Alive and Kicking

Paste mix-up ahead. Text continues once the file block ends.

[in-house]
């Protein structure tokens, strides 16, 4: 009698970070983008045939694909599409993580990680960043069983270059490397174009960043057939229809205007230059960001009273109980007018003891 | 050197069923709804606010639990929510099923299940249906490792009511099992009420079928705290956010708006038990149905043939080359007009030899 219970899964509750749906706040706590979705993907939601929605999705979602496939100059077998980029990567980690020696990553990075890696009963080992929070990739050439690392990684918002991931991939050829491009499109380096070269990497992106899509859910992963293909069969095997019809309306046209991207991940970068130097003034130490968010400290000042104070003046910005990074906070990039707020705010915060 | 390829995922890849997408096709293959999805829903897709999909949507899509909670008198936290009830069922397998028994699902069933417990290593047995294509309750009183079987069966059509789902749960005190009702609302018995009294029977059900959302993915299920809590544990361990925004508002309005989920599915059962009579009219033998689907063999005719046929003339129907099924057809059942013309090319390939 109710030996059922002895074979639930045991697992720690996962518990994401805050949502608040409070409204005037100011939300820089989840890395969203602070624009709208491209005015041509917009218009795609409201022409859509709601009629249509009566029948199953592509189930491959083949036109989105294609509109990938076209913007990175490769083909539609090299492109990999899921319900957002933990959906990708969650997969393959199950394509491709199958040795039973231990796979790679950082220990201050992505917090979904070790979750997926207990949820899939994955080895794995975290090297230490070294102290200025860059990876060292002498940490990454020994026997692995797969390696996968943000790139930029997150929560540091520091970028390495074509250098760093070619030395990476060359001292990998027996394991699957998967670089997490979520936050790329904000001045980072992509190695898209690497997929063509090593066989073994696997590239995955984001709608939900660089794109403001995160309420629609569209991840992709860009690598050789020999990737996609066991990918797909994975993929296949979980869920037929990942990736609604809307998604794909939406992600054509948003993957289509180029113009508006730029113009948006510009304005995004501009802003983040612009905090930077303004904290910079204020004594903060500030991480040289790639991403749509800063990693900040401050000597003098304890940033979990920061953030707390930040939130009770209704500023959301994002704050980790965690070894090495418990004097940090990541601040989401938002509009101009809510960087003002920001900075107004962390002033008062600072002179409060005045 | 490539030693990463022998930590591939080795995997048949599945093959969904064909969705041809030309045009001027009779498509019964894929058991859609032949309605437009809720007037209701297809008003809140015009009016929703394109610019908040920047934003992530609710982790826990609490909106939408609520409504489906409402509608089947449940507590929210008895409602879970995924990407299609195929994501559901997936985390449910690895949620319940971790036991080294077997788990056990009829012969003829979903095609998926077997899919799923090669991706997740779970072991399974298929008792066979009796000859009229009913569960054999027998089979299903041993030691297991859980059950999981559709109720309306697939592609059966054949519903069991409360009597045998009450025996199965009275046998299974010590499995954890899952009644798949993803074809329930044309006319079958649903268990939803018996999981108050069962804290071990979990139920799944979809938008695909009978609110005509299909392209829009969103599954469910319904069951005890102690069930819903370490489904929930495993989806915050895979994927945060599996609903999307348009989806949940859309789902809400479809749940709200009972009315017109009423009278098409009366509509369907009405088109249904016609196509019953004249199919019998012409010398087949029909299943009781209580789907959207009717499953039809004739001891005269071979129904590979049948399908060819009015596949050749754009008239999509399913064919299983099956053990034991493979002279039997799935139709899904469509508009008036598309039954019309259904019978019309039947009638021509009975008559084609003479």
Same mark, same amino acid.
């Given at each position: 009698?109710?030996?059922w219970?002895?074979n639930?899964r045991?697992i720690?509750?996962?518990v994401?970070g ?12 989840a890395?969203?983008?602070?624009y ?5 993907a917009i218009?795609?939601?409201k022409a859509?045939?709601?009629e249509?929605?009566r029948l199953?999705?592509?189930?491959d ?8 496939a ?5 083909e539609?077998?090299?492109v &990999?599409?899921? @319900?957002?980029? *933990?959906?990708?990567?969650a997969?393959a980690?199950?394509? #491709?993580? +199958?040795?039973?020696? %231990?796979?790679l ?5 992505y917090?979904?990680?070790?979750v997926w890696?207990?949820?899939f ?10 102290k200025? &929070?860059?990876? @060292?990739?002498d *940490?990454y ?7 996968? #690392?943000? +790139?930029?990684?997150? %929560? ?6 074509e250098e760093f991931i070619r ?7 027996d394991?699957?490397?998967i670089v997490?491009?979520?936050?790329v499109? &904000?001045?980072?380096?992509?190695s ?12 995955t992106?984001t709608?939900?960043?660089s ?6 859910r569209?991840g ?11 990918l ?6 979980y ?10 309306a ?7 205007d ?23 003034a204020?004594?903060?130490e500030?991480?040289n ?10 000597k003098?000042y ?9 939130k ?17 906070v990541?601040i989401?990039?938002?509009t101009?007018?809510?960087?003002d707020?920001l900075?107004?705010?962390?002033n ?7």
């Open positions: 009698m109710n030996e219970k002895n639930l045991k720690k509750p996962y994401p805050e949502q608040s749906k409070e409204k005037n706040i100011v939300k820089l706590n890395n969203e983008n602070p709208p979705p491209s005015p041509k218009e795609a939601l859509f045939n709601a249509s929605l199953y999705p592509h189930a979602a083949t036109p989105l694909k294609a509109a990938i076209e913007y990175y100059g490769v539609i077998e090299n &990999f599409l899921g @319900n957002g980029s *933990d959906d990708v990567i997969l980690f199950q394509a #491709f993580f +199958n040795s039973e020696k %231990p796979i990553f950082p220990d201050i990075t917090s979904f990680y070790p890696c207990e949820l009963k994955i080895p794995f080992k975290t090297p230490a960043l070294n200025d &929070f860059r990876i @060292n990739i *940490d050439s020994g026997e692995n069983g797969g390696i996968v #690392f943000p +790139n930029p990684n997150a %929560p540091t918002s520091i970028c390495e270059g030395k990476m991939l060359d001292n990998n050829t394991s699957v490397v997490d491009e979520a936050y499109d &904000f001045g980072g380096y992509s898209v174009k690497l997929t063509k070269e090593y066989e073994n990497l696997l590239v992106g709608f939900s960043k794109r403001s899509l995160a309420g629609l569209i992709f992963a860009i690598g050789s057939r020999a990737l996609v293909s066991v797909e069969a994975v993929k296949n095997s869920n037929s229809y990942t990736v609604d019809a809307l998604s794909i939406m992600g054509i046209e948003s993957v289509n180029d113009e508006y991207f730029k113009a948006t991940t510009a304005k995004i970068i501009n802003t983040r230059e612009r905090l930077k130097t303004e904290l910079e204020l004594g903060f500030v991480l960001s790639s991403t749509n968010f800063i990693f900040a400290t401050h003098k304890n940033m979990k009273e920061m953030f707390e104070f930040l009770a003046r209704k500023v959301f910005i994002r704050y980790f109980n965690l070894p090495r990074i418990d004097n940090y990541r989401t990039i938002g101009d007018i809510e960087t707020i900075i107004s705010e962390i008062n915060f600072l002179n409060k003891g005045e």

Da Vinci's cam hammer was covered briefly here. This object was the "object of the day" during the Creative Automata class at UT Dallas (Jan 22, 2014). At the start of each class, students are shown an object from real life in a photograph or perhaps from an illustration. In this case, the object is a picture of a kit model that I made and later stained. The physical model was handed out during class for handling and observation. The driving question is "What information do you see?" This question elicited a wide number of expected and completely unexpected responses, all of which were welcome since this exploration is how we communicate and learn about computing. The first comment was that there was a conditional branch on the snail cam. You can see the cam driving the follower (the rigid linkage that connects to the hammer on the right side). When the follower makes contact with this discontinuity in the cam, the rising hammer falls, causing a change in state (another type of information flow---of control). Someone said that there was a stack (a type of data structure similar to a stack of plates), but when we went looking for the stack, it was not clear that one existed. The support structures for the cam shaft are inverted ternary trees of height one. Seeing information--in an ancient machine. However, the technology goes much further back than Da Vinci in what were called trip hammers written about by the Chinese in 40BC in the Ji Jiu Pian dictionary. So, foundations for computing were were alive and kicking early on with hammers.